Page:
depression glass

chrome cake dish

My mother’s visit in photos

juicer

Green depression glass juicer

When my mom arrived yesterday afternoon, she brought me a lovely green depression glass juicer she found in her attic.

We had sandwiches, then headed out for some antiquing. At our first stop, we evaluated some reference books on vintage jewelry. My mother has discovered a ton of jewelry in her attic, mostly Coro, and wants to know more about it. While she didn’t find a book that jumped out at her, I found one packed with photos of hats, handbags, compacts, belts, jewelery, sunglasses, and other accessories.

book

My buys: Vintage Fashion Accessories and three compacts.

I also bought three compacts: one by Volupte, another by Cara Nome, and one with no maker’s mark but interior construction and details exactly like my mystery compact. The mate to my mystery compact has wonderful artwork of a butterfly on the lid. My original intent was to keep the butterfly and resell the other two pieces, but the Cara Nome presents a collecting dilemma I’ll discuss later this week: I seem to have accumulated a set.

One of the clerks at the shop offered my mother some good information about replacing stones in vintage jewelry. The rhinestones available now have flat backs, while the stones used in vintage pieces are faceted. The color also varies. To match color and appearance accurately, my mom should sacrifice one old piece of jewelry that’s beyond repair and use those stones to replace missing ones in other pieces.

This shop also had a gorgeous plastic cherry necklace. Sadly, I don’t have an extra $235 lying around. Lovely, but not a purchase I can justify at this point in life. The next shop we visited was more crowded. I saw a lady head vase I liked, but my mother rolled her eyes at it and pointed out that I’d already bought a bunch of things, so that may be a purchase for another day.

head vase

Lady head vase

cherry necklace

Cherry necklace.

When we finished poking around there, we headed to the liquor store where we sampled some ginger liqueur. Delicious! I may buy some next time Tim and I have a special event or extra space in our liquor cabinet.

Then we headed back to my house and I frosted the chocolate cake I baked in honor of my mother’s birthday. To keep the cake safe from inquisitive cats, I put it in my vintage chrome cake dish–a present my mother bought me years ago.  

chrome cake dish

chrome cake dish.

Then Tim and I made dinner for my mom: baked stuffed scallops, green beans sauteed with diced ham, cashews, and a teeny bit of duck fat, and a baby greens salad with blood orange vinaigrette. Tim did a wonderful job of making sure everything was on track and ready to serve at the same time. My mom enjoyed dinner. Afterwards, we had a vicious three-man game of Scrabble. The secret to beating my mother? Keep refilling her wine glass. We finished up with coffee and cake, then went to bed.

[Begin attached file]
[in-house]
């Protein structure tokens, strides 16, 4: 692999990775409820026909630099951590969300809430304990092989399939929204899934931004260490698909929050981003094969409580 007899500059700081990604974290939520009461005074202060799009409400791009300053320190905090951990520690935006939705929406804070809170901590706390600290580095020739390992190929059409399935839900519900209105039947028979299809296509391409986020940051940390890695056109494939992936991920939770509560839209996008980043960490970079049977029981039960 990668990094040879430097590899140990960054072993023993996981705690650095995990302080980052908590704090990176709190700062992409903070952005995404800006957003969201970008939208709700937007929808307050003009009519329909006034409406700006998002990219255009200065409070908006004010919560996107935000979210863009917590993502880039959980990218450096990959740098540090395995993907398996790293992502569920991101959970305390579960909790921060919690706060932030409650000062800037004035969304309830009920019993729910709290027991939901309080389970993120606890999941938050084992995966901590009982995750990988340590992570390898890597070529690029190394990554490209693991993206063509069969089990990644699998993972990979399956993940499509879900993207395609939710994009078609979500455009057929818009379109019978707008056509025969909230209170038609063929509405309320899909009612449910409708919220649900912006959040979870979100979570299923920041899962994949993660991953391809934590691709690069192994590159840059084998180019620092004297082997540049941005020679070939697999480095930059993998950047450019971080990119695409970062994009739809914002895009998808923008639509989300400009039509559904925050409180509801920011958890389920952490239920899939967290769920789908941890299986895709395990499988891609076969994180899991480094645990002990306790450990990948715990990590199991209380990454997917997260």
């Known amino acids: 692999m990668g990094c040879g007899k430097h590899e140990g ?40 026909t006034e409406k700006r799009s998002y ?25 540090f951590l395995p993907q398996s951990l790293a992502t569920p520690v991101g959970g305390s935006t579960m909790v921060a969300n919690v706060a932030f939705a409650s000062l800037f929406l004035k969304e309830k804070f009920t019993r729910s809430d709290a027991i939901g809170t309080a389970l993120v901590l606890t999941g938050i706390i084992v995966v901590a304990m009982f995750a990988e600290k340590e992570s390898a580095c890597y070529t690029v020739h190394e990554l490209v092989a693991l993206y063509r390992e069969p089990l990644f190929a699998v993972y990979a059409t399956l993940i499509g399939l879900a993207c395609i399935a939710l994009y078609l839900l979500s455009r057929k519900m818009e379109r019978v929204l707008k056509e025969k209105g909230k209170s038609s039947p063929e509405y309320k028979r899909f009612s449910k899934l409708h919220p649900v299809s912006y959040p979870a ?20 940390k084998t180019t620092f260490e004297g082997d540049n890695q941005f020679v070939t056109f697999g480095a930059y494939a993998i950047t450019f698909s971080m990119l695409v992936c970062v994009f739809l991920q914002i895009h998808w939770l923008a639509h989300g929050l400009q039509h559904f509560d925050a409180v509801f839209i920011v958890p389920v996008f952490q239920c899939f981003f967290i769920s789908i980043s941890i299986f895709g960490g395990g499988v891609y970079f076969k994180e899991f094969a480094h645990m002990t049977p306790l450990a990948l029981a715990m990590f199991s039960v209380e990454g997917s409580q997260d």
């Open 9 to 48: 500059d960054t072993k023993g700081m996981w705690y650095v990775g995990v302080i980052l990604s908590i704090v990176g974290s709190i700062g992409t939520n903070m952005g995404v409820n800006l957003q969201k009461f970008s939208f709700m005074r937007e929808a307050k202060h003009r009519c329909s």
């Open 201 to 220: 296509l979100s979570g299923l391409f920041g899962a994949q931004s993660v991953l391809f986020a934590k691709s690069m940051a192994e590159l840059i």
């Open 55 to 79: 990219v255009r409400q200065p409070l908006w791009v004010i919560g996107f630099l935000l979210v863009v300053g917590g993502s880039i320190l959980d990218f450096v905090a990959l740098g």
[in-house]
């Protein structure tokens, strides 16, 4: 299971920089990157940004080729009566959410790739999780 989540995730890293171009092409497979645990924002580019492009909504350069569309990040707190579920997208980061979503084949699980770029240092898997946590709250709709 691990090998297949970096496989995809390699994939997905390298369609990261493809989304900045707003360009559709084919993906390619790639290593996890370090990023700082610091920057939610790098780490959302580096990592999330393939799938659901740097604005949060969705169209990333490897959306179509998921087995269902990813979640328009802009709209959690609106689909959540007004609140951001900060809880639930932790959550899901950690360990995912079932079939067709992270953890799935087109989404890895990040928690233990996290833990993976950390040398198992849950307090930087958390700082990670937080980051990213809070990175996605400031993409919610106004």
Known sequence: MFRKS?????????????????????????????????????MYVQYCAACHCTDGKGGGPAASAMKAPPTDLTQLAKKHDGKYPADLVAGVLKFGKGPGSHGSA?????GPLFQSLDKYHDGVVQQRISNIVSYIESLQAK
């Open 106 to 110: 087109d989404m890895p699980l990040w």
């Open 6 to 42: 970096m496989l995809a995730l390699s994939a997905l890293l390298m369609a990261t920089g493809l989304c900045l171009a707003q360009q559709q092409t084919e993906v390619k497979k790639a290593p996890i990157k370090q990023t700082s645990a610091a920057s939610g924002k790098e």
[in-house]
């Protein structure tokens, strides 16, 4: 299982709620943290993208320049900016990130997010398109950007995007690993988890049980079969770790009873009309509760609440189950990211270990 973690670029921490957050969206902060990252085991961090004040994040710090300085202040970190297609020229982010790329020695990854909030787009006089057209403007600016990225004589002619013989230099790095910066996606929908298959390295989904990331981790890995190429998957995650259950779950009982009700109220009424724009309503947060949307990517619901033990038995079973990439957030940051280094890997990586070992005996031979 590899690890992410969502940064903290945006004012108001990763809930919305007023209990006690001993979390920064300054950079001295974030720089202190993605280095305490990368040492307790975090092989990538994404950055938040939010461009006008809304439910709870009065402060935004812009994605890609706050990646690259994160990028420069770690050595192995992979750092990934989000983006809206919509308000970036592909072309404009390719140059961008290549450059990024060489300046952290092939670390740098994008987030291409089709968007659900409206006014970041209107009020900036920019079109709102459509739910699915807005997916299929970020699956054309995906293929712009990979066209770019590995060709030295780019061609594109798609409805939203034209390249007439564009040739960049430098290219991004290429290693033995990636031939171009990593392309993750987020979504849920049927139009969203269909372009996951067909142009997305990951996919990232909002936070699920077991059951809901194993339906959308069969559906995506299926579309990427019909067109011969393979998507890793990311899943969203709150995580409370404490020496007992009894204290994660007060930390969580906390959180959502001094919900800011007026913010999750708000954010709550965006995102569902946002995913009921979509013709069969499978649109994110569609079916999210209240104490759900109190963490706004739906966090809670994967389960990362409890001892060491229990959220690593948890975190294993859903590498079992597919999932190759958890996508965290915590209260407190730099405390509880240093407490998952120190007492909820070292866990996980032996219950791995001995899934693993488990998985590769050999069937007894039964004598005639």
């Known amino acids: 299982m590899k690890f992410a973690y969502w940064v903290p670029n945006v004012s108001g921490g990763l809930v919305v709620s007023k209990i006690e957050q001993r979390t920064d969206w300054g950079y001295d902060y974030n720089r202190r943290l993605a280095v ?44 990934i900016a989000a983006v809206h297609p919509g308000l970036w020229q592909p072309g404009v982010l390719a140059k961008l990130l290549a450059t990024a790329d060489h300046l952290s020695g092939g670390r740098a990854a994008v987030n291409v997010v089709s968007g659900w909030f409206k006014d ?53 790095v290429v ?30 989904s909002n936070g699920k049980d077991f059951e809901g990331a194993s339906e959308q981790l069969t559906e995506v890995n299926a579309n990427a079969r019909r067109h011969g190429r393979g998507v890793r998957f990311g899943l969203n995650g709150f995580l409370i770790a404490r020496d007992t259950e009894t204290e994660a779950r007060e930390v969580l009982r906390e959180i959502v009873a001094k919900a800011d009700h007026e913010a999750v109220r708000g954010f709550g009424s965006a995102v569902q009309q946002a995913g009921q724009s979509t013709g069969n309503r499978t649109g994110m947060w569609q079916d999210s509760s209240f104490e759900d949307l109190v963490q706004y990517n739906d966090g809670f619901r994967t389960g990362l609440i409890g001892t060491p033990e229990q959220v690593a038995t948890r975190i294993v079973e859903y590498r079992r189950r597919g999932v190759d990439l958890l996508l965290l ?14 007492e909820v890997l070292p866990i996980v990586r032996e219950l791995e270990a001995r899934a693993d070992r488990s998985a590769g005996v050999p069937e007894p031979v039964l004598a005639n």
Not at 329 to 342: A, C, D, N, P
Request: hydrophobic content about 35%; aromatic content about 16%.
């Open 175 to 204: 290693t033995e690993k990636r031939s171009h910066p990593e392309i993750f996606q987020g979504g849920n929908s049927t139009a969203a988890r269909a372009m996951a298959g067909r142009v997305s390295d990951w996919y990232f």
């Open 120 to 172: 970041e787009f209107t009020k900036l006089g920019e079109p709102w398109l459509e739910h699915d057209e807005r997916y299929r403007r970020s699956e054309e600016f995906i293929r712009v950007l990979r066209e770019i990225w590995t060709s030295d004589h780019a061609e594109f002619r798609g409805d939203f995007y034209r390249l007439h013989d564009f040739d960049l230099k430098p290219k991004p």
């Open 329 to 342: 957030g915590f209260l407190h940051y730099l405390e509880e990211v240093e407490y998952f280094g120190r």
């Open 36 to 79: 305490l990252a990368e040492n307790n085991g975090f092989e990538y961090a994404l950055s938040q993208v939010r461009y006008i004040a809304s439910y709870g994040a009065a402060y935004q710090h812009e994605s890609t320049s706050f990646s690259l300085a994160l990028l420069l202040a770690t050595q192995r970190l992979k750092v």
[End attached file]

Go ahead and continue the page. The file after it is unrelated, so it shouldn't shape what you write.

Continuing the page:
percolator

GE electric percolator.

This morning: a reason to break out my percolator. Tim’s making my mother a loaf of bread while we fuel up to start the day’s adventures.
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Green with envy: Depression glass

Depression glass pitcher

Green depression glass pitcher used to hold wooden spoons.

Over the weekend, my amazing husband tore apart our kitchen and cleaned everything…including my favorite Depression glass pitcher. My fascination with Depression glass started when I was about 8 years old. One of my grandmothers had handed down some plain green glass dishes to my mother. We used them on the weekends for sandwiches. I loved the color and how the light came though them, not to mention being mature enough to be trusted with a REAL GLASS plate…not plastic like we used at my other grandmother’s house.

I didn’t learn what Depression glass was until much later, when the love for clear green glass ran deep in my blood. When I got my first apartment, my mother passed on the green glass plates I loved so much. I found this pitcher while antiquing one day and knew it belonged in my kitchen. That may have been three or four kitchens ago, but my love for pale green Depression glass has endured.

In our current kitchen, the pitcher sits by the stovetop–the perfect receptacle for wooden spoons and other implements of cooking construction.  (The spoon in the front actually belonged to my grandfather, I remember using it to make brownies together.) I love small touches like this as accents. We use empty clementine crates with retro labels to store snack foods–another detail that gives our kitchen a vintage feel.